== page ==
One thing to consider, they didn’t start looking for a store years and years ago. They had to wait until they had enough members and then they started to search.
I wish they were starting with a smaller size, perhaps 2k instead of 3-5k
Bok should be at the top of the coops list for location.
Hi all — Jess Calter here. I’m the president of the South Philly Food Co-op’s board of directors, and I wanted to take a minute to address some of your comments. We know our members are anxious for progress, and we continue to work tirelessly to make it happen.
In securing a home for the Co-op, transparency is a delicate balance. Every time we find a promising location, we want nothing more than to shout it from the rooftops! But we can’t — it would jeopardize our negotiating power to reveal too much, too soon. As a board democratically elected by our membership, we are entrusted to make wise financial decisions with our members’ money, and we take that job extremely seriously.
That said, we want to be open and honest about how the search is going, and we know our members have a lot of questions. Here are some ways you can take action right now:
– Read our ongoing blog series “Dating Spaces” (www.southphillyfoodcoop.org/blog), which answers members’ questions about our location search. The series includes a Q&A with our realtor (http://www.southphillyfoodcoop.org/dating_spaces_realtor_q_and_a); an explanation of why we’re looking for a 5,000-square-foot store instead of a 2,000-square-foot store (http://www.southphillyfoodcoop.org/dating_spaces_viability); and much more. We continue to try to answer your questions in this format as frequently as we can, so if you have questions you’d like answered, please email them email@example.com.
– Sign up for our e-newsletters (http://www.southphillyfoodcoop.org/) and follow us on social media (@spfoodcoop on Twitter; https://www.facebook.com/SouthPhillyFoodCoop/ on Facebook). We update our supporters regularly on these channels about upcoming events, member news and progress reports.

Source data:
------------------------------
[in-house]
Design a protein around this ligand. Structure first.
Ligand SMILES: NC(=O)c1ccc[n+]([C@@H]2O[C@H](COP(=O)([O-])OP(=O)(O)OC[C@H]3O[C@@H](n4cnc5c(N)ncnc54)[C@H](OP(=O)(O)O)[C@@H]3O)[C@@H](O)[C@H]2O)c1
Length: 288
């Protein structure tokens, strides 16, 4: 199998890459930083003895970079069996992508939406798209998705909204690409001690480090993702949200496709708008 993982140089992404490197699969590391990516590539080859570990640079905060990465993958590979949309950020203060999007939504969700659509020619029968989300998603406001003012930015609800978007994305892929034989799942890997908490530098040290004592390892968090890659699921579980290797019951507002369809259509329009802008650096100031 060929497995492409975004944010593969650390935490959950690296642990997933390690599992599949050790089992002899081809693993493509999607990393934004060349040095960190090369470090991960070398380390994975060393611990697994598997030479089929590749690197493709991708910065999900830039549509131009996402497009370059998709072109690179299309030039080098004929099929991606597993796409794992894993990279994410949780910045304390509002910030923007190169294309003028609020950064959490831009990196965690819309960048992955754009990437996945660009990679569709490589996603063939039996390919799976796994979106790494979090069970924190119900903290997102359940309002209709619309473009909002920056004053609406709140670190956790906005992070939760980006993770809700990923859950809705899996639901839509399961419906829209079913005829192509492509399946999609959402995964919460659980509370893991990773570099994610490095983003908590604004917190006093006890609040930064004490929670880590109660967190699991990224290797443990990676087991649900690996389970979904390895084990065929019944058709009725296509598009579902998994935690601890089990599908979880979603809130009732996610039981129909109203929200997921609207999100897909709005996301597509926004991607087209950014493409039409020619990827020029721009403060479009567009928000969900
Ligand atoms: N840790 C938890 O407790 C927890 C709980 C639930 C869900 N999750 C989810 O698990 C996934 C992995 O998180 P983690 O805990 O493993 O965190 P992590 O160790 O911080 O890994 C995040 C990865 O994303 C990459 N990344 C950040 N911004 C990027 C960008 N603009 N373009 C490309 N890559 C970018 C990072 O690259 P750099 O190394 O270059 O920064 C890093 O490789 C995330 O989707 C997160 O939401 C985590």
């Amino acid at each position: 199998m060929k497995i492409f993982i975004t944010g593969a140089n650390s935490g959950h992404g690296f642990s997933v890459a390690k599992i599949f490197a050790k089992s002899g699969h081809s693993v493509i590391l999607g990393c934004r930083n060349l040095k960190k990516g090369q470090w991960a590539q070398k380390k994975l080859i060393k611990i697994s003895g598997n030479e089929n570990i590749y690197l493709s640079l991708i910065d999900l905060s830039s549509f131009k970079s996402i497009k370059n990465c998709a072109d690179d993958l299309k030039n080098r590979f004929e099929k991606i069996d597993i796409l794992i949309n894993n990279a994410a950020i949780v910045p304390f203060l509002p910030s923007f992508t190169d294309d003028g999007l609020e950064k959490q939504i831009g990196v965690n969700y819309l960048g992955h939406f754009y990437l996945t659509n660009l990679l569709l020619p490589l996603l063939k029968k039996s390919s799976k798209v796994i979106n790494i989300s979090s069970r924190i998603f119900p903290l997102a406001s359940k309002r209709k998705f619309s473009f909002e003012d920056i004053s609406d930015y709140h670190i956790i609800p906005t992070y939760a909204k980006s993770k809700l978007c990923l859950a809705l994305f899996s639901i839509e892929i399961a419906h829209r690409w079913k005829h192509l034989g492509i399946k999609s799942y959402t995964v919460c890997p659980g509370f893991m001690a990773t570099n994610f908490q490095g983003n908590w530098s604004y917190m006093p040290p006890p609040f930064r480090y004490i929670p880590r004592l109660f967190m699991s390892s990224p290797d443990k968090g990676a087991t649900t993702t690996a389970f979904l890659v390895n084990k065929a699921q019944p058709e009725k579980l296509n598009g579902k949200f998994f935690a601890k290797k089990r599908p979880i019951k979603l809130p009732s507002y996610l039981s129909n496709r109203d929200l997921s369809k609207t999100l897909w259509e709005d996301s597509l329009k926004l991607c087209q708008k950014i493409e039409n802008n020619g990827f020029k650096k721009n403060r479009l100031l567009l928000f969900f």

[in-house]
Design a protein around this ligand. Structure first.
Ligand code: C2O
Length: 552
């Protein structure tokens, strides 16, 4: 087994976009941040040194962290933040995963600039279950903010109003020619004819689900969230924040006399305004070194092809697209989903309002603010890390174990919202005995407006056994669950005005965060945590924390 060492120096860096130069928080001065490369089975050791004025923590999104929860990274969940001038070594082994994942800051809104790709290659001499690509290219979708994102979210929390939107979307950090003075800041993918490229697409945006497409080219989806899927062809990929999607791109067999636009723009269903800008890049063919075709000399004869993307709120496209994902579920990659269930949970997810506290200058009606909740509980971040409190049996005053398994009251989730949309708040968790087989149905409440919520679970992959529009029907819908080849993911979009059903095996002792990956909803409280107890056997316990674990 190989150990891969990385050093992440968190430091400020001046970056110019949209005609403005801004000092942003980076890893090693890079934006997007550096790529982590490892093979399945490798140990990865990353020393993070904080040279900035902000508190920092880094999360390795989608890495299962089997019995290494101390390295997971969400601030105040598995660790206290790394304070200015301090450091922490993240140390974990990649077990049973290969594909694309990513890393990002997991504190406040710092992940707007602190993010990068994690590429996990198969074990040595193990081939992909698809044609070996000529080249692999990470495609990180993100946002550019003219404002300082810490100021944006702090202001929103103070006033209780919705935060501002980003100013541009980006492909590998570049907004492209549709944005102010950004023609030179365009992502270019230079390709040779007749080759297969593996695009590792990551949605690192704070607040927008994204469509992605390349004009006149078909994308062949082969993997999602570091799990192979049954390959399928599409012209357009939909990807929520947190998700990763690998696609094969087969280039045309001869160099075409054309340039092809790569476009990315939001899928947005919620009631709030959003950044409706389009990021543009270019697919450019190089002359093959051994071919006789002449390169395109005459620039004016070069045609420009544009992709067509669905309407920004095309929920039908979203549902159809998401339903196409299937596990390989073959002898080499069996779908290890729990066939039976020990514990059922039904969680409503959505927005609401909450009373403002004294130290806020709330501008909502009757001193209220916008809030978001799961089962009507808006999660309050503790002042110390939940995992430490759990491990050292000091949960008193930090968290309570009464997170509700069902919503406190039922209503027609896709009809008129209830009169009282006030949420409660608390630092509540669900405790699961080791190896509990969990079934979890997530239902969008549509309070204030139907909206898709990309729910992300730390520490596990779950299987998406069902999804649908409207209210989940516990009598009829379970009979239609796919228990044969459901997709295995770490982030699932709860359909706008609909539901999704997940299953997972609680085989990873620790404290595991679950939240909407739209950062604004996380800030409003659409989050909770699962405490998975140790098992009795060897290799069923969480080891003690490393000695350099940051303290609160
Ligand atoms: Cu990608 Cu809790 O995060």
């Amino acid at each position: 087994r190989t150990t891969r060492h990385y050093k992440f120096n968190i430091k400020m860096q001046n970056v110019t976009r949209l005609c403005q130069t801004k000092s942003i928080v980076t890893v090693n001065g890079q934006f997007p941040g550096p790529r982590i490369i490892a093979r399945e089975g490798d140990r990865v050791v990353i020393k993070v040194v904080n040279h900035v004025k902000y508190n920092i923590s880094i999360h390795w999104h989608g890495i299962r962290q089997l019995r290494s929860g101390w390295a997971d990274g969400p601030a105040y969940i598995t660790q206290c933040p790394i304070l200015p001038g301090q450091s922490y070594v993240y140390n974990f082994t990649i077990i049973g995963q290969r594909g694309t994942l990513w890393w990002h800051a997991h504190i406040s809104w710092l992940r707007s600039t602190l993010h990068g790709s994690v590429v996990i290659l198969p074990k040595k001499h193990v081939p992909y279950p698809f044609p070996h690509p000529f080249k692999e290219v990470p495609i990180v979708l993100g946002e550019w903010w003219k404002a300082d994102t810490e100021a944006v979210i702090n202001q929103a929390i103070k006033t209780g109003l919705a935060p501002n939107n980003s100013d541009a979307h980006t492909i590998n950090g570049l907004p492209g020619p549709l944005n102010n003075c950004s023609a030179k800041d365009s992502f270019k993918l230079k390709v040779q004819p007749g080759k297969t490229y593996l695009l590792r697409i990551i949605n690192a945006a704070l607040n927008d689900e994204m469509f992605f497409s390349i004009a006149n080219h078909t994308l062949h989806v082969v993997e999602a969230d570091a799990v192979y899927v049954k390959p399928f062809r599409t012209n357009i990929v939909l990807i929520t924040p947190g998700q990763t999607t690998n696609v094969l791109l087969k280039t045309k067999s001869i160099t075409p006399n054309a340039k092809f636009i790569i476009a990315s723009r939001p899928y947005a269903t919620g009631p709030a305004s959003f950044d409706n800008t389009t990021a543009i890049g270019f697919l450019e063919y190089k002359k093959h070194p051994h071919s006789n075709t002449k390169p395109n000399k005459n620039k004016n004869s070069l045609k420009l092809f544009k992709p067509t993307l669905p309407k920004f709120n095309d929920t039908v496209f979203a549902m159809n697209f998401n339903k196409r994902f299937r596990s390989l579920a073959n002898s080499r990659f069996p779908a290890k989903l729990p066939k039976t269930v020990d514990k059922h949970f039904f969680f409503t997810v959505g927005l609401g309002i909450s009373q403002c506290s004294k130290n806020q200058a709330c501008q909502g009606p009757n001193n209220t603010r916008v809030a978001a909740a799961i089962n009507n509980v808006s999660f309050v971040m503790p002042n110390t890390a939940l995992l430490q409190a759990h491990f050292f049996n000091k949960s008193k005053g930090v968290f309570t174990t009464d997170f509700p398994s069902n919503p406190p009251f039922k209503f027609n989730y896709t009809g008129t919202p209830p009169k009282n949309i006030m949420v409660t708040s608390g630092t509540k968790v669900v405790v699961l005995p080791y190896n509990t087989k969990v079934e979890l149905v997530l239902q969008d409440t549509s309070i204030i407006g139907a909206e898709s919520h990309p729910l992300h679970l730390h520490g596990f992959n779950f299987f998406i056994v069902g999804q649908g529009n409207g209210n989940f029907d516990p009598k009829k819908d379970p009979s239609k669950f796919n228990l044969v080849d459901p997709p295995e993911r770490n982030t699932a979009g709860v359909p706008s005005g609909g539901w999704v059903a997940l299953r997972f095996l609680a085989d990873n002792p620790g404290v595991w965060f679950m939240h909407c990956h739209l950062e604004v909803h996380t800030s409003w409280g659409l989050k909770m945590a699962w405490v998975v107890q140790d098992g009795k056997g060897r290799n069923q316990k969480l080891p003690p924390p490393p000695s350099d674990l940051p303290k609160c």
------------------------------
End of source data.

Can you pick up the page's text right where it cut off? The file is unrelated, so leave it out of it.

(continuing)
– Join a committee. Our board and committees are made up entirely of volunteers who care about the Co-op and want it to succeed.
– If you know of a location we should pursue, let us know! Email firstname.lastname@example.org with any suggestions.
Thanks as always for voicing your concerns — it’s important to us to know how our membership feels as we continue our search, and we’re trying our best to keep your informed and we encourage you to get involved so your voice can continue to be heard.
If you have questions, please email them to email@example.com.
Look. I’m not trying to be inflammatory, but this response really isn’t good enough. It’s been five years. You have our money. This is absurd. What is the procedure for nuking this whole thing and starting over with a team that knows what they’re doing?
Did you read the contract you signed when you handed over your money?
You can redeem your share and walk away at any time if you don’t like it.
Starting a business is difficult.
I’m glad they’re taking their time to do it right, so that it doesn’t go under immediately.
That solves the problem of me getting my money back, but not the problem of having no food co-op in South Philadelphia. You effectively have a monopoly. No one can start a new food co-op and hope to attract members; every interested party has already given money to another co-op. The people who really want a co-op are screwed. We’re stuck waiting for this inept group to bumble their way into bankruptcy. You need to either call in someone who can get things done or just give up and let another group do it.
Starting a business is the easy part. Making it sustainable is what’s difficult. Saying “starting a business is difficult” doesn’t inspire a lot of confidence.
Jess, thanking you for taking the time to respond here. I do apologize for venting publicly, but I did want to gauge whether others felt the same. I just sent an email to inquire in a more constructive way about the process and how the role that community leaders like myself can play. I also stressed how much respect I have for you all.